"Our daughter was five months old when I got a scholarship to Johns Hopkins. My wife came with me to Baltimore so that our family could stay together. I will always be thankful for that sacrifice, because I know it was the toughest three years of her life. She didn’t speak a word of English. We lived in a tiny studio— so tiny that many times I did my studying in the bathroom. In Vietnam, she had a job where she was getting phone calls all day long. But in America, the phone never rang. She wasn’t allowed to work because of visa requirements. Vietnamese holidays were regular days in America, so I’d be in class during New Year and we could never be together. Sometimes when I’d come home from school during wintertime, she’d look at me with tears in her eyes and say: ‘Tuan, I want to go home.’ But she still stayed with me. When I finally got my degree, many of my friends asked if I’d look for a job in the US. But I wouldn’t do that to her. She had done enough for me. So I said: ‘We are going home immediately.’ And as soon as we got back to Vietnam, she was like a fish back in the pond."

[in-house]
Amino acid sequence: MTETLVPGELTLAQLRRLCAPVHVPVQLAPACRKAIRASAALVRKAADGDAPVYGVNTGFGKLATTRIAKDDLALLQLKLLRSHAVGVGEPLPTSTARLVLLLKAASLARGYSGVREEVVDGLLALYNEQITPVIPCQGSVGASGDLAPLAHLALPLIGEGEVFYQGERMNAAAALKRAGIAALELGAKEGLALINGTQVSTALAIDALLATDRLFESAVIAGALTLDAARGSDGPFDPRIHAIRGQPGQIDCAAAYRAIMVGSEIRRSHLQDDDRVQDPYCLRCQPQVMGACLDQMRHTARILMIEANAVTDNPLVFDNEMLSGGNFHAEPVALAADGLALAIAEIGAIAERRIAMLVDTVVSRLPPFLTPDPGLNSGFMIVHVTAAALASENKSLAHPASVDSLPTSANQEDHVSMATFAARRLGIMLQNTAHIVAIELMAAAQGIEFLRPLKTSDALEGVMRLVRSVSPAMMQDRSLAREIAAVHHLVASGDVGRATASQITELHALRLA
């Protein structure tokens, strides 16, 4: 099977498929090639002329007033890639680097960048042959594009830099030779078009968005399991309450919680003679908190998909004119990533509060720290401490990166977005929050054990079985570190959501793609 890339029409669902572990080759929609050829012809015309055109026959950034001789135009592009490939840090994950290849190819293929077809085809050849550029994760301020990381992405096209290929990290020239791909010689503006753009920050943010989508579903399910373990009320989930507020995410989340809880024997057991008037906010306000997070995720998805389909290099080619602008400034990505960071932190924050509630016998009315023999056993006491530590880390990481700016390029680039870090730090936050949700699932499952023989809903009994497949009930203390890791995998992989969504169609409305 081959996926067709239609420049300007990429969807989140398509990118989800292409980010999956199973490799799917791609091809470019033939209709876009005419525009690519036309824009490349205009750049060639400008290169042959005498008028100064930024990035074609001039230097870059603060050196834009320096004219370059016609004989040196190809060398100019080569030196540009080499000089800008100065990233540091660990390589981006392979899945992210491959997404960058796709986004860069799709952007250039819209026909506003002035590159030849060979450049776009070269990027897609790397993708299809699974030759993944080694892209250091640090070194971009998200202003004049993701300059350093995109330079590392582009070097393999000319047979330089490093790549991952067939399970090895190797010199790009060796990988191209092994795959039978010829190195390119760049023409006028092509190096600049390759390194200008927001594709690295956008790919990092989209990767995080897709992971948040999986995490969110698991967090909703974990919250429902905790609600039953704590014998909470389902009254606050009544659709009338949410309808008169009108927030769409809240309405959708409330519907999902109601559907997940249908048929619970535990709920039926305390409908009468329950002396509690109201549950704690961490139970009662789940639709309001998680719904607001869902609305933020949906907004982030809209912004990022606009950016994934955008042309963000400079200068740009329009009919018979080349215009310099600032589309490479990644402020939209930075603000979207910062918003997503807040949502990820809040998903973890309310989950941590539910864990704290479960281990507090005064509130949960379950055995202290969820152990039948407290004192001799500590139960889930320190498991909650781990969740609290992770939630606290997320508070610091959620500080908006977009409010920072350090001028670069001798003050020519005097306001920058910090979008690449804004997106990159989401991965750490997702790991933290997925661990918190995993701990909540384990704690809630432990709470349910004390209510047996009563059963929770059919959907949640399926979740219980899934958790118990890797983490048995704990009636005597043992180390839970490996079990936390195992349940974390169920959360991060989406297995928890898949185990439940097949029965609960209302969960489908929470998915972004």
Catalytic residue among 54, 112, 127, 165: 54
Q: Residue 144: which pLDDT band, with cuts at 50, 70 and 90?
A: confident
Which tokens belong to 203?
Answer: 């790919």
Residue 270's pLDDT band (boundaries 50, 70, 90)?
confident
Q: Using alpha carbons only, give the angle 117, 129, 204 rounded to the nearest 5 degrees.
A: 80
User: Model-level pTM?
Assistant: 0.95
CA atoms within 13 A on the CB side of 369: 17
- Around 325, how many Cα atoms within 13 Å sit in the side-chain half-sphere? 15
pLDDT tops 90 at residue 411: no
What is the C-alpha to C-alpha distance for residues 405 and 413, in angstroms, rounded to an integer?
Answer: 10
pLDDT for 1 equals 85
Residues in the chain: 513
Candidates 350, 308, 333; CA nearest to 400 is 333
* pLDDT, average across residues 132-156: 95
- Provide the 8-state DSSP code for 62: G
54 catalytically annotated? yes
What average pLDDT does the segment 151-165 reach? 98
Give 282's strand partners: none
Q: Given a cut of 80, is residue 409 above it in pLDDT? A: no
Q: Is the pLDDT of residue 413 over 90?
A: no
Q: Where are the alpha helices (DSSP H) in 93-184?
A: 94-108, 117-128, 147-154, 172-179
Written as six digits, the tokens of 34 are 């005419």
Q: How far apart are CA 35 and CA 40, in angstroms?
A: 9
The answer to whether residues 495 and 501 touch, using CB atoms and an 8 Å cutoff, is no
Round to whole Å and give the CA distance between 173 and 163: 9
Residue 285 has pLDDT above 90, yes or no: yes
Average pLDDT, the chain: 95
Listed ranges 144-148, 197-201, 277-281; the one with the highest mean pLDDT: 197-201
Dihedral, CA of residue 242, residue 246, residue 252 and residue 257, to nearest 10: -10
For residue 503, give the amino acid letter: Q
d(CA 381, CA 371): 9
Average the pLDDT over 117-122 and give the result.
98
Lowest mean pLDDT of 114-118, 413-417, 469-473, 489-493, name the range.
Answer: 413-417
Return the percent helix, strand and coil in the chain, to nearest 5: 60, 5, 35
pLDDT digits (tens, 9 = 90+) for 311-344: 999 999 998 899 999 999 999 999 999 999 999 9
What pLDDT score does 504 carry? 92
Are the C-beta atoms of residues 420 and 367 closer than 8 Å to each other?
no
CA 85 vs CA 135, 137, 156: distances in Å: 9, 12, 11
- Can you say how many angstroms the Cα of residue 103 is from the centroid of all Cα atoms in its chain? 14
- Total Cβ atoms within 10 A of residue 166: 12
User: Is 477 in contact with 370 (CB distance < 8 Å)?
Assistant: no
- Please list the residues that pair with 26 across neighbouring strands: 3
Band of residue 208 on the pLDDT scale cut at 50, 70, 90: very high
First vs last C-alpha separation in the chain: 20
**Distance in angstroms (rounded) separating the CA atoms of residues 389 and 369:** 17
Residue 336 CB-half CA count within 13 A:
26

"She’s our only child. She started college in Michigan this year. I took this photo on the day that I dropped her off at school. The morning I left, I walked into her dorm room, and saw a bundle under the covers. I said: ‘Sweetie, do you want to say bye to your dad?’ Then I saw that the bundle was shaking. I pulled back the covers, and her eyes were filled with tears. My heart was melting when I left. These days I stay at the office as long as possible, because my wife works late, and I don’t want to be at home with no one there."